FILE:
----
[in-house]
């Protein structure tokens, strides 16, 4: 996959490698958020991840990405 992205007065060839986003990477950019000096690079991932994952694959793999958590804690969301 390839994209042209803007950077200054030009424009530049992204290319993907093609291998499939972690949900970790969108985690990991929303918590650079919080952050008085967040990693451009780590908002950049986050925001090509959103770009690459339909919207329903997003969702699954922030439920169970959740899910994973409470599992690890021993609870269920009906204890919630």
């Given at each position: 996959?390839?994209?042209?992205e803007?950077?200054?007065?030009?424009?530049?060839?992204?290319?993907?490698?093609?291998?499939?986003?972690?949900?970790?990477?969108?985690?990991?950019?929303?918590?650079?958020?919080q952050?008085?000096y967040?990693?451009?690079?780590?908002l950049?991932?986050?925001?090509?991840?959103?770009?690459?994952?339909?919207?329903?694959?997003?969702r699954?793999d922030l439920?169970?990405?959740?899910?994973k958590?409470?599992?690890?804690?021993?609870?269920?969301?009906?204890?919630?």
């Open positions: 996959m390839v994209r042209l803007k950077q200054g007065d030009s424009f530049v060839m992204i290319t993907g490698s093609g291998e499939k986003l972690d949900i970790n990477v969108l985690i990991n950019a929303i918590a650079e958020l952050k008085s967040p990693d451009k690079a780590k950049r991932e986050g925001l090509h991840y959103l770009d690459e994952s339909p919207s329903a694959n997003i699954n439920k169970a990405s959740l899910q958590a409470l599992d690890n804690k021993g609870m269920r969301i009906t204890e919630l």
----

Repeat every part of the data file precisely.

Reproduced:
[in-house]
């Protein structure tokens, strides 16, 4: 996959490698958020991840990405 992205007065060839986003990477950019000096690079991932994952694959793999958590804690969301 390839994209042209803007950077200054030009424009530049992204290319993907093609291998499939972690949900970790969108985690990991929303918590650079919080952050008085967040990693451009780590908002950049986050925001090509959103770009690459339909919207329903997003969702699954922030439920169970959740899910994973409470599992690890021993609870269920009906204890919630």
């Given at each position: 996959?390839?994209?042209?992205e803007?950077?200054?007065?030009?424009?530049?060839?992204?290319?993907?490698?093609?291998?499939?986003?972690?949900?970790?990477?969108?985690?990991?950019?929303?918590?650079?958020?919080q952050?008085?000096y967040?990693?451009?690079?780590?908002l950049?991932?986050?925001?090509?991840?959103?770009?690459?994952?339909?919207?329903?694959?997003?969702r699954?793999d922030l439920?169970?990405?959740?899910?994973k958590?409470?599992?690890?804690?021993?609870?269920?969301?009906?204890?919630?």
């Open positions: 996959m390839v994209r042209l803007k950077q200054g007065d030009s424009f530049v060839m992204i290319t993907g490698s093609g291998e499939k986003l972690d949900i970790n990477v969108l985690i990991n950019a929303i918590a650079e958020l952050k008085s967040p990693d451009k690079a780590k950049r991932e986050g925001l090509h991840y959103l770009d690459e994952s339909p919207s329903a694959n997003i699954n439920k169970a990405s959740l899910q958590a409470l599992d690890n804690k021993g609870m269920r969301i009906t204890e919630l």